How many decimal places does this number have?

Do its decimals really end? If yes, what would be the very last digit of it?

The above questions still remain an enigma in the field of science, especially in that of its Queen – Mathematics & the number in question is *pi *denoted by the Greek letter π.

A number of such calibre playing a vital role in a vast range of formulae cannot be left without being summoned in MS Excel. While doing calculations manually in our answer scripts during examinations, we all would have had the practice of reducing π to 3.14. But, it really isn’t the actual π!

The phase – MAY I HAVE A LARGE CONTAINER OF COFFEE – has been made as an easy way to remember the first 7 digits of π.

So, why don’t we tap the computational capabilities of the microprocessors to use as many digits as possible in π, so that we can deduce results with utmost precision! Bearing that in mind, we shall set out to explore the different ways in which π can be used in MS Excel along with the method that is to be used to summon it into action.

**Formula for π**

As with every other formula, the one for π also starts with an equals sign (=), followed by the letters ‘p’ & ‘i’ as shown below,

*=PI()*

& yes, you’ve noticed it right! There is absolutely no need to fill in anything between the parentheses to get the value of π. Let’s see how it is done in the sheet of an MS Excel workbook. We get started by typing an equals sign (=) within a cell followed by the letters ‘p’ & ‘i’.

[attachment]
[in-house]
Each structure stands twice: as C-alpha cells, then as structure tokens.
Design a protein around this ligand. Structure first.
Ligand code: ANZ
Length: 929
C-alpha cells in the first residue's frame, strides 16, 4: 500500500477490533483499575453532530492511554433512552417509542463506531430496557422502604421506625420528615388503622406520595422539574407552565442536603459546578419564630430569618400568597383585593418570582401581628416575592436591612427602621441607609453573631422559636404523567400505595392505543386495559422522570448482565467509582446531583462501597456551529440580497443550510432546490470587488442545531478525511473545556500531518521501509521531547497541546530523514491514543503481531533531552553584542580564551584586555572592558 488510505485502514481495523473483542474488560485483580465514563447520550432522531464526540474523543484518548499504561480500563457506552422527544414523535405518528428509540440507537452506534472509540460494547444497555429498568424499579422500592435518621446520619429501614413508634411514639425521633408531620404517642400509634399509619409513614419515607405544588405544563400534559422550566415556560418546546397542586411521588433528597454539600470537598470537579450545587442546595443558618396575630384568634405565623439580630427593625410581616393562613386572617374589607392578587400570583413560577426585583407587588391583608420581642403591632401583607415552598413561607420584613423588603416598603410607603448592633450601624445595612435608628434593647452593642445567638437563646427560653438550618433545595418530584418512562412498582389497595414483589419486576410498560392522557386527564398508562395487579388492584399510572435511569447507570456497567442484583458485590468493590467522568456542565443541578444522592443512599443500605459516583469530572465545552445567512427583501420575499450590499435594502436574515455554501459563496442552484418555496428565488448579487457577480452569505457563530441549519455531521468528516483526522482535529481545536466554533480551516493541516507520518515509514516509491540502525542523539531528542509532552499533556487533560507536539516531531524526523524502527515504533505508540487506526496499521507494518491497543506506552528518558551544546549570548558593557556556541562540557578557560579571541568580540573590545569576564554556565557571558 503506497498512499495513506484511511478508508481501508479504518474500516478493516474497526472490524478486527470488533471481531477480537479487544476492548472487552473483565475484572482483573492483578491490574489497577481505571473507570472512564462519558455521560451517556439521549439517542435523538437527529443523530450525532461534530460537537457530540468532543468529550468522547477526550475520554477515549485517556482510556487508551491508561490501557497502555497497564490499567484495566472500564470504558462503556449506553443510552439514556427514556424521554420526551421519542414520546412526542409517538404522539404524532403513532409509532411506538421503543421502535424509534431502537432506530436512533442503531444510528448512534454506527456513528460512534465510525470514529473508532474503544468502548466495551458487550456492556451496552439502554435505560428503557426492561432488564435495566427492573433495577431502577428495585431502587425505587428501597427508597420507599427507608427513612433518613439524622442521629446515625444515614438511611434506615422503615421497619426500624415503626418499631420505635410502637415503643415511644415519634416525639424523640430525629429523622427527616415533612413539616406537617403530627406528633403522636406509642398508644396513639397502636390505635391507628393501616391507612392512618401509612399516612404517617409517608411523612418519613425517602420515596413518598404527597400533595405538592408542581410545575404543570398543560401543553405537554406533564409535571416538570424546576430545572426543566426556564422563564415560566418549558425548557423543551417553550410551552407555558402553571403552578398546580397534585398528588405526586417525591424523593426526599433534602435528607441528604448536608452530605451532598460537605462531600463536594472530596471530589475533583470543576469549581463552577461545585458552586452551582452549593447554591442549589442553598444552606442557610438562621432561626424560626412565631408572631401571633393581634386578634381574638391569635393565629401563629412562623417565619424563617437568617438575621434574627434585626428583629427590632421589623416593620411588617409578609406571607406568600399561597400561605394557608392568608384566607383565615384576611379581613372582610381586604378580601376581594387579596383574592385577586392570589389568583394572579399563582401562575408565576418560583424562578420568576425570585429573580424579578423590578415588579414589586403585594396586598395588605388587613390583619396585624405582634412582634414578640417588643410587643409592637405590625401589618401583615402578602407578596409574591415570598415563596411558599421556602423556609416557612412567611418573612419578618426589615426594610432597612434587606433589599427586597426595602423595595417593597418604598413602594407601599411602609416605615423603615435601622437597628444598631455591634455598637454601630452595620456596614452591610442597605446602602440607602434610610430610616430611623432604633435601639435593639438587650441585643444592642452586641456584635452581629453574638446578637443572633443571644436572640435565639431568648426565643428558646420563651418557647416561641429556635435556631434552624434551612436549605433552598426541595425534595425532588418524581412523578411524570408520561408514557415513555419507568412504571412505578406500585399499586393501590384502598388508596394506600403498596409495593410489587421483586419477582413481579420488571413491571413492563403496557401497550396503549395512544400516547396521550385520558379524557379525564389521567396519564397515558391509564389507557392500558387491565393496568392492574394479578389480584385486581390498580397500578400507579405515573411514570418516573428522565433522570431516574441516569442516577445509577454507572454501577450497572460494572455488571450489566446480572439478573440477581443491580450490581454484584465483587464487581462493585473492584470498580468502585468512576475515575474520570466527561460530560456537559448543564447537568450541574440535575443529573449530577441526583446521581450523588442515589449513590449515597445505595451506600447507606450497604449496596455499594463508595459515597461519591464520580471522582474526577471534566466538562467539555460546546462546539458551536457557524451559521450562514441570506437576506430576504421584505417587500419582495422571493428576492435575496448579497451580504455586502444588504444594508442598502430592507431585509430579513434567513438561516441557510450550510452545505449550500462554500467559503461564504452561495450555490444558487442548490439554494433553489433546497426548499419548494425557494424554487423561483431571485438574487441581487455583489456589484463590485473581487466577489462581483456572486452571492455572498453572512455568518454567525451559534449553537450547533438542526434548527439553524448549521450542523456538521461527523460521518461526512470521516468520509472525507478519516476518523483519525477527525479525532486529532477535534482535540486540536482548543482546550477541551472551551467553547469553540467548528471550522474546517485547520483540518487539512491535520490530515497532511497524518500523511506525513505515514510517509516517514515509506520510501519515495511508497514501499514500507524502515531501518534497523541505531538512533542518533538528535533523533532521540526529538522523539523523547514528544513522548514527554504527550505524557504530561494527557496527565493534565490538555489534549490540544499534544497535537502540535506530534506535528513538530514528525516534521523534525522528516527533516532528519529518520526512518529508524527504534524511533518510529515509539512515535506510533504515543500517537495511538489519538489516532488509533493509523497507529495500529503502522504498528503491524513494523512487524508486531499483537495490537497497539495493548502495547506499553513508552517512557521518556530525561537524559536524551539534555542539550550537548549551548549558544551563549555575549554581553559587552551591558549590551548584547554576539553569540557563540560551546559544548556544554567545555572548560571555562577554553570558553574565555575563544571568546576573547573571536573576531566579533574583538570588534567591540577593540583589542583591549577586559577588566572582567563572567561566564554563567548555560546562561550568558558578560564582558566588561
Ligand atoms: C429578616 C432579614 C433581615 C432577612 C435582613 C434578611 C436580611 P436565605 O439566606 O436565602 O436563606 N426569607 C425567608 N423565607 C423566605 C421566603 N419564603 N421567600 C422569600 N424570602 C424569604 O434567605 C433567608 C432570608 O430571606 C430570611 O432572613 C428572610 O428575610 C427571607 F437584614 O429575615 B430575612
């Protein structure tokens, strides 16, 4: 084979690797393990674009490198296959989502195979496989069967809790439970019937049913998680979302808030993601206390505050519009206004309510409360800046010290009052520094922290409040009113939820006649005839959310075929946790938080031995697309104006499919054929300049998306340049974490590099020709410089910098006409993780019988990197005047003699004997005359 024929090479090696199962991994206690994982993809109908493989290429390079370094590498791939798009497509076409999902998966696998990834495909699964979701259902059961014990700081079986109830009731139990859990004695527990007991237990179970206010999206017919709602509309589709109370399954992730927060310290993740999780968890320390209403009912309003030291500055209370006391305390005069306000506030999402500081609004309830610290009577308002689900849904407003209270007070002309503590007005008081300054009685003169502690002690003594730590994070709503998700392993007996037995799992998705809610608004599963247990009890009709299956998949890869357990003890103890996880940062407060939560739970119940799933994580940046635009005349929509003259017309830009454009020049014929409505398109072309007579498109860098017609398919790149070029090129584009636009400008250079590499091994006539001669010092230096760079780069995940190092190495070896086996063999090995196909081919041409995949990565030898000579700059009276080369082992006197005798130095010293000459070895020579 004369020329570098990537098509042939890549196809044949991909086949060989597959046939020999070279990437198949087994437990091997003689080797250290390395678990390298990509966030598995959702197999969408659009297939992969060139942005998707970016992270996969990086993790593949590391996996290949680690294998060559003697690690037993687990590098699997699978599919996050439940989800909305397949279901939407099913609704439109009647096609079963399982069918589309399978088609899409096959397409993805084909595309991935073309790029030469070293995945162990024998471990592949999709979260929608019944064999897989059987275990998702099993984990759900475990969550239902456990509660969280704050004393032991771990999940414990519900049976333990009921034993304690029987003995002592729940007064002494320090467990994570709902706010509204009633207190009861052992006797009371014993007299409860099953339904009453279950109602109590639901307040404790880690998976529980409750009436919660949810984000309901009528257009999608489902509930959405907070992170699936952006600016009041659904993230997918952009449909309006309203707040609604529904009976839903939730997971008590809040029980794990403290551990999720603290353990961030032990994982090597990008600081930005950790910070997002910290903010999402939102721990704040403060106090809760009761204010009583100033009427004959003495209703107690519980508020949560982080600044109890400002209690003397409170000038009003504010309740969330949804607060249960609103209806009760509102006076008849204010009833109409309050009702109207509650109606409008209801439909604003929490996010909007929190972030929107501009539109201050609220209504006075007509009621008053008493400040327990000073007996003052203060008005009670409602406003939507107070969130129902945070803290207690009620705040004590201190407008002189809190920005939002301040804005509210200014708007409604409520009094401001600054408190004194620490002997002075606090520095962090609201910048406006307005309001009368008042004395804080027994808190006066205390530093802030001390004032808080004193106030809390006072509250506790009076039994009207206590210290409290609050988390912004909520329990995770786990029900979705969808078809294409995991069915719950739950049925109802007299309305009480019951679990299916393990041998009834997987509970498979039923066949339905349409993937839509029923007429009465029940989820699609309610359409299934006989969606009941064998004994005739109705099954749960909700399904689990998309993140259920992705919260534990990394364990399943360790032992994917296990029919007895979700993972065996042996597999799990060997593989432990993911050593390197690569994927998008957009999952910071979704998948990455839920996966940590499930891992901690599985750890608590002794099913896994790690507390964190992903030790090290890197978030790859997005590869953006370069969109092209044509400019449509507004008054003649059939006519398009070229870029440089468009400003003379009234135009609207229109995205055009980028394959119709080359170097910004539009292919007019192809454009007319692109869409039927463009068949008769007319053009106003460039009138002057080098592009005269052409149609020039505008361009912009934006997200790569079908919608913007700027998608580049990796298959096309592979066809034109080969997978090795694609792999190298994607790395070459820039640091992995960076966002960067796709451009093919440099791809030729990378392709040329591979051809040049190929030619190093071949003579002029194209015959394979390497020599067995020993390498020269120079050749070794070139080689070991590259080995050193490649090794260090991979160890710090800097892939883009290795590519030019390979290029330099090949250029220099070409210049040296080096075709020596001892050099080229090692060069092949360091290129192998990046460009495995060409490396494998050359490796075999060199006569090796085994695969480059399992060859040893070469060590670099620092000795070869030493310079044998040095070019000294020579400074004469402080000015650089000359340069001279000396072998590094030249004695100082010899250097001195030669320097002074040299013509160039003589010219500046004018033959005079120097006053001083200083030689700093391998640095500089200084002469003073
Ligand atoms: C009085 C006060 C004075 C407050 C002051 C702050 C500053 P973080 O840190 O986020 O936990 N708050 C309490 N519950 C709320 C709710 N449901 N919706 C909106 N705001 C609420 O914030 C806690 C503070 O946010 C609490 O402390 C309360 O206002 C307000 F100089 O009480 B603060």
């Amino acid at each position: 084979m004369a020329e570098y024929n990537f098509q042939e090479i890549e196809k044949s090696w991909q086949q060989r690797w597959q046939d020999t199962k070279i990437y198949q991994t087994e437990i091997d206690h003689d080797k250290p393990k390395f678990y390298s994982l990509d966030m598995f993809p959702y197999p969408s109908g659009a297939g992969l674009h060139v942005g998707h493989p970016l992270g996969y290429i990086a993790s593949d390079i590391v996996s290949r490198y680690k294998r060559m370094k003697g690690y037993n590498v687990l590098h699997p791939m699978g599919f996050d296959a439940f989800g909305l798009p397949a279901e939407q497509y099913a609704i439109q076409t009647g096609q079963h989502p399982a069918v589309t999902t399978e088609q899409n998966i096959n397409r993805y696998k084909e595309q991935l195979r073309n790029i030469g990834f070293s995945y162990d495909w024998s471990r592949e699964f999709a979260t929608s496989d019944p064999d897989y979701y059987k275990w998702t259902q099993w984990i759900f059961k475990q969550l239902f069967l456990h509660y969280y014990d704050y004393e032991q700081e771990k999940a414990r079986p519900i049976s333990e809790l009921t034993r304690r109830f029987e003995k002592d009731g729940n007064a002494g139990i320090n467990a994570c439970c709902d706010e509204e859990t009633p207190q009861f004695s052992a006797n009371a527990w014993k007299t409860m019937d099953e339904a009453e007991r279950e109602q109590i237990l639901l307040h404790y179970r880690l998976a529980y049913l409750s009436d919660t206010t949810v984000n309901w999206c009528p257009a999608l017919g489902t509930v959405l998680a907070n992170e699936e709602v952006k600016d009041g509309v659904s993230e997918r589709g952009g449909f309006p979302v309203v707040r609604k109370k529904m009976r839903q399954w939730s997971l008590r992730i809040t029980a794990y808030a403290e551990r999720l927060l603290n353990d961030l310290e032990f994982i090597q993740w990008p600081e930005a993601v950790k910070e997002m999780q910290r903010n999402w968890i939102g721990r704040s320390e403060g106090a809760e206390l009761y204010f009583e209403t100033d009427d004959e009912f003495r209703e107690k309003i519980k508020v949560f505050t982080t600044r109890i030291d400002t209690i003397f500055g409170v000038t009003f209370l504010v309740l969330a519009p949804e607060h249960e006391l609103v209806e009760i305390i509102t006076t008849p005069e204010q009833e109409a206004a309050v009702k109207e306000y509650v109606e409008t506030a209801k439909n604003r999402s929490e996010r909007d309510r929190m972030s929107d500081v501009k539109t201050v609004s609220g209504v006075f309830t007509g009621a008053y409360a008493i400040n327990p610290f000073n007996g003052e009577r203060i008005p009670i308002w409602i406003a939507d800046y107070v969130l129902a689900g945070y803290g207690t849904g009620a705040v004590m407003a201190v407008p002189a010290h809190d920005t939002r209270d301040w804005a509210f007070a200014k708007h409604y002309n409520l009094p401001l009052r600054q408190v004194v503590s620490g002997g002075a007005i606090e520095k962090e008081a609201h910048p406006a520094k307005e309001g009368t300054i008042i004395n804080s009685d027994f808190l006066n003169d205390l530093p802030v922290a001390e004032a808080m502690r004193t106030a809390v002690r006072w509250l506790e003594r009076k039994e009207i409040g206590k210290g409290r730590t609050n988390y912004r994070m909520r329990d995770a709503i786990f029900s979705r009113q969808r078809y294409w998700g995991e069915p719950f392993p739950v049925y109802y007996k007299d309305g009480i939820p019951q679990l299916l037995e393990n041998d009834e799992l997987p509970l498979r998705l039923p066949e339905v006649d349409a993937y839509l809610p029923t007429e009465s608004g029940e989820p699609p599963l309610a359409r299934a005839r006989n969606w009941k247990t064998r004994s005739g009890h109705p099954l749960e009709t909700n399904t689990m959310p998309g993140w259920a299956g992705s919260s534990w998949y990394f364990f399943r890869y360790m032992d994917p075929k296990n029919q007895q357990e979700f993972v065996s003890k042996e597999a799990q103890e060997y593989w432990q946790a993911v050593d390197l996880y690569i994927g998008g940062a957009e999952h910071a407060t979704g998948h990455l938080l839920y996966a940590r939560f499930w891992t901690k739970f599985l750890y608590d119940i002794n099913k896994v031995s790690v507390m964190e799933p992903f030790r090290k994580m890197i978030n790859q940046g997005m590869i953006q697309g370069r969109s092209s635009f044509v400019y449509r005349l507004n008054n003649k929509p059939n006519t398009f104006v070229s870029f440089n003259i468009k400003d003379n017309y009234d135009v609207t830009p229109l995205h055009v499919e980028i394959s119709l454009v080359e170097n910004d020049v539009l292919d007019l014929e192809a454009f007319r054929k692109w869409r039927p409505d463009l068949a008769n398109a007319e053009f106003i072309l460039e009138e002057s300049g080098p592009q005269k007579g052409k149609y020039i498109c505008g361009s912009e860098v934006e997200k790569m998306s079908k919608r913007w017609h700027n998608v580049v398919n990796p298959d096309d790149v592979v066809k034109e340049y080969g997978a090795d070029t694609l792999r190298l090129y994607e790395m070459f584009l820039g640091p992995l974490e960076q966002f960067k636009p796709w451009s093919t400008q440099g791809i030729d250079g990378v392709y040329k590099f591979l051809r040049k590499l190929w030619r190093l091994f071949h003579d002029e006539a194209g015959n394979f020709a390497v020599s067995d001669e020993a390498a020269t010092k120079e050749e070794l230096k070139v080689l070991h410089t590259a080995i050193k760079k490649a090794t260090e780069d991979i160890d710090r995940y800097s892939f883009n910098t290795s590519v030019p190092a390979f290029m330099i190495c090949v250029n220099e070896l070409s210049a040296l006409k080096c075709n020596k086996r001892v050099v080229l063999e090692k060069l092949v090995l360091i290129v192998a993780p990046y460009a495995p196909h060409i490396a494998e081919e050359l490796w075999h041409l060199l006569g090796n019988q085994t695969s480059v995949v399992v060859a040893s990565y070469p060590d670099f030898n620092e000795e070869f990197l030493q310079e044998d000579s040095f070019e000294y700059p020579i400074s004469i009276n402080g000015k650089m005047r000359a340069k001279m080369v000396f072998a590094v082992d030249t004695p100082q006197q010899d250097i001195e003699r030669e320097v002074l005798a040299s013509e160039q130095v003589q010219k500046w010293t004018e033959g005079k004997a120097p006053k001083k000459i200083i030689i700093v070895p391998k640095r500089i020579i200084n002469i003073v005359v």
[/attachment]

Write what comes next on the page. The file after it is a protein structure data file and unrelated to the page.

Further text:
As shown in the description of the formula in the above image, MS Excel provides the value of π to its 15-digit precision. Hit the TAB key & the opening parenthesis appears.

Now it’s time to hit the ENTER key & the value for π would be appearing in a matter of seconds as shown below.

But wait! Shouldn’t we be looking at 15 digits of pi following the decimal point, rather than the 3 digits which are being displayed in the above image? What if I tell you that we’ve been deceived by an innate feature of MS Excel – its ability to truncate the decimal places while still retaining the original value. Click on the *Increase Decimal *key as indicated in the below image to increase the digits following the decimal point.

In a similar way, this key can be used to reveal as many digits till the fifteenth decimal digit for π.

**Using π in Formulae:**

As mentioned earlier in this article, π forms an integral part of many mathematical equations such as calculating the area & circumference of the circle, surface area calculations of spheres, cylinders & many other applications.

To calculate the circumference of the circle, the formula is 2 π r. This could be constructed in an Excel spreadsheet in the following way.

The value of radius to be used in the formula can be given to any other cell as done in the above image. This same logic of giving reference to the value of radius can also be applied while constructing the other formulae too.

Hit ENTER & now the value of the circumference shall be displayed!

**Conclusion:**

Now that we have reached the end of this article, hope it was informative and you have got what you were looking for! Here’s something which elaborates on *How to Total a Column in MS Excel?* There are also numerous other articles in QuickExcel that might come in handy for those who are in a quest to know something more in MS Excel. Cheers!